Let’s Roll



The foam roller made it’s debut in the mid 90′s.  At that time, most health and fitness professionals didn’t have a clue what to do with the 3 foot long piece of foam, but now you can find one in just about every fitness facility.  In fact, there are many different kinds to choose from,  with different sizes, textures, and densities.  Physical Therapist Mike Clark is credited for introducing the foam roller to the health and fitness world.  A foam roller can be an extremely useful tool in your workout program.  It can be used for self-myofascial release (SMR), which can help restore muscles, tendons, ligaments, fascia, and improve soft tissue extensability.  Evidence of these positive benefits have been stacking up.

A couple of recent studies have come out showing why you may want to make this foam cylinder your new workout buddy. A very recent study out of the Journal of Strength and Conditioning Research (JSCR) showed that even though foam rolling before athletic tests did not enhance performance, it helped reduce muscle fatigue which could allow someone to train longer and with increased volume.  Another study out of the American College of Sports Medicine’s monthly journal concluded that foam rolling decreased soreness while improving force production, muscle activation, and range of motion.  These benefits were attained through neural responses and connective tissue.   Macdonald and Colleagues also revealed a study that showed an acute bout of SMR of the quadriceps is effective in improving knee joint range of motion without reducing muscle performance.  It’s pretty obvious that foam rolling has excellent physical and neural benefits, but one more study showed that it goes even beyond those.  In the January 2014 edition of the JSCR, a study indicated that foam rolling reduced arterial stiffness and improved blood vessel function.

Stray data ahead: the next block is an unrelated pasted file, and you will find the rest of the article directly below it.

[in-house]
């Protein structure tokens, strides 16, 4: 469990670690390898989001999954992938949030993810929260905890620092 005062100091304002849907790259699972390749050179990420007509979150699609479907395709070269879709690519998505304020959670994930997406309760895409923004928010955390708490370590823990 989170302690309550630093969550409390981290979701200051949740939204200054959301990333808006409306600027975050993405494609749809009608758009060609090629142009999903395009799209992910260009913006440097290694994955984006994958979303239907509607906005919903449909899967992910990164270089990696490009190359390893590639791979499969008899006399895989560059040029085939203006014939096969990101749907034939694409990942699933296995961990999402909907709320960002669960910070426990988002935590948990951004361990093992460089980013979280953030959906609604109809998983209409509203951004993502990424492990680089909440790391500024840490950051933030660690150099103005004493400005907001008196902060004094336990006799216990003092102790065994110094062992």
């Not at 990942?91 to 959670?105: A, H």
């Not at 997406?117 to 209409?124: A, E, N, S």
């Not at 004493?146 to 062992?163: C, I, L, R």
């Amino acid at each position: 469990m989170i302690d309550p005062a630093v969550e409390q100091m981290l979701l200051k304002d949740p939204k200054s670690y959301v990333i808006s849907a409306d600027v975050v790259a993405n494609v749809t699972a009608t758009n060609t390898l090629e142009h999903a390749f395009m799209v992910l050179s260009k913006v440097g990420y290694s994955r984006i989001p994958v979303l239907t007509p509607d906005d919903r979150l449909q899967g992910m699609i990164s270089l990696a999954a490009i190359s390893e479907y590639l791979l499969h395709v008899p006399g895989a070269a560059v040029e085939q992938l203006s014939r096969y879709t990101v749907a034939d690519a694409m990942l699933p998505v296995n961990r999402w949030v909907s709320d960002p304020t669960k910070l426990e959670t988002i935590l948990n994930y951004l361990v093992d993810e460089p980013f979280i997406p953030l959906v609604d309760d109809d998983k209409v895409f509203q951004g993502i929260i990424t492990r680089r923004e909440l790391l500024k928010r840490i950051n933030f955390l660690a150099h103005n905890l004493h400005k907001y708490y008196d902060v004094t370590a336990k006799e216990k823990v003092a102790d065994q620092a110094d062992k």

Here is one way that I incorporate the foam roller into my client’s workouts but it’s by no means the only way.  I choose specific areas for them to focus on according to what I see in their assessment and I also encourage them to use the roller on any other areas of tightness.  I have them spend about 30 seconds on each area of concern.  I have them begin with long rolls and if they find those extra tight spots (trigger points) they can shorten the rolling motion and spend a little extra time on the tight area.  It’s important to roll over the muscles but not directly on the joints.  I also have them use it for a couple of mobility drills if needed for opening up the chest and increasing mobility in the thoracic spine (upper back).  We don’t have to spend hours on it to make it a part of our program.  We usually spend about 5 minutes tops at the very start of the workout while the client and I check in.

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There you have it, as the research continues to pile up, there seems to be no doubt that foam rolling is a good thing.  Try incorporating it into your everyday routine, or at the beginning of your workouts.  The research shows it helps promote recovery, improve range of motion, and enhance vascular health.  A few minutes a day can make a big impact in the long run.  Next time you are in the gym, grab that cylindrical piece of foam, and get rolling!

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